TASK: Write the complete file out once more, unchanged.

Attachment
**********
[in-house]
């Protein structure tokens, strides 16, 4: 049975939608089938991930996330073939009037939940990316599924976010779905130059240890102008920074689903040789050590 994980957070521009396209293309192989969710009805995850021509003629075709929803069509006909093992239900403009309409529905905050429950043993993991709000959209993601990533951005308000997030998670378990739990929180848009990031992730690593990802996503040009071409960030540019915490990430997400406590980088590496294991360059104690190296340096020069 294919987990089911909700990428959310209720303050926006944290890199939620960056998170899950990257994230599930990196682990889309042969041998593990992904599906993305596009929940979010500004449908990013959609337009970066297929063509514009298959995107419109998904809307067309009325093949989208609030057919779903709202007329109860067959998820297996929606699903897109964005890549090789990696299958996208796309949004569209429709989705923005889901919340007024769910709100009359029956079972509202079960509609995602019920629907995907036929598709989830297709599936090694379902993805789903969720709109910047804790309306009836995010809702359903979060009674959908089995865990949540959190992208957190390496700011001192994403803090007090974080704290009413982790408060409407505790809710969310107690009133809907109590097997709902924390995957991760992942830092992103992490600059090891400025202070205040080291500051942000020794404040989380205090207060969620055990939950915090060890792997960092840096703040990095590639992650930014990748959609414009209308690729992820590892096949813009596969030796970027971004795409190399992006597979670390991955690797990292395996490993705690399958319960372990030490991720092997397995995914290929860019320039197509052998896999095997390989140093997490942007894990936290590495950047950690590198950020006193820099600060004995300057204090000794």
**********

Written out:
[in-house]
């Protein structure tokens, strides 16, 4: 049975939608089938991930996330073939009037939940990316599924976010779905130059240890102008920074689903040789050590 994980957070521009396209293309192989969710009805995850021509003629075709929803069509006909093992239900403009309409529905905050429950043993993991709000959209993601990533951005308000997030998670378990739990929180848009990031992730690593990802996503040009071409960030540019915490990430997400406590980088590496294991360059104690190296340096020069 294919987990089911909700990428959310209720303050926006944290890199939620960056998170899950990257994230599930990196682990889309042969041998593990992904599906993305596009929940979010500004449908990013959609337009970066297929063509514009298959995107419109998904809307067309009325093949989208609030057919779903709202007329109860067959998820297996929606699903897109964005890549090789990696299958996208796309949004569209429709989705923005889901919340007024769910709100009359029956079972509202079960509609995602019920629907995907036929598709989830297709599936090694379902993805789903969720709109910047804790309306009836995010809702359903979060009674959908089995865990949540959190992208957190390496700011001192994403803090007090974080704290009413982790408060409407505790809710969310107690009133809907109590097997709902924390995957991760992942830092992103992490600059090891400025202070205040080291500051942000020794404040989380205090207060969620055990939950915090060890792997960092840096703040990095590639992650930014990748959609414009209308690729992820590892096949813009596969030796970027971004795409190399992006597979670390991955690797990292395996490993705690399958319960372990030490991720092997397995995914290929860019320039197509052998896999095997390989140093997490942007894990936290590495950047950690590198950020006193820099600060004995300057204090000794």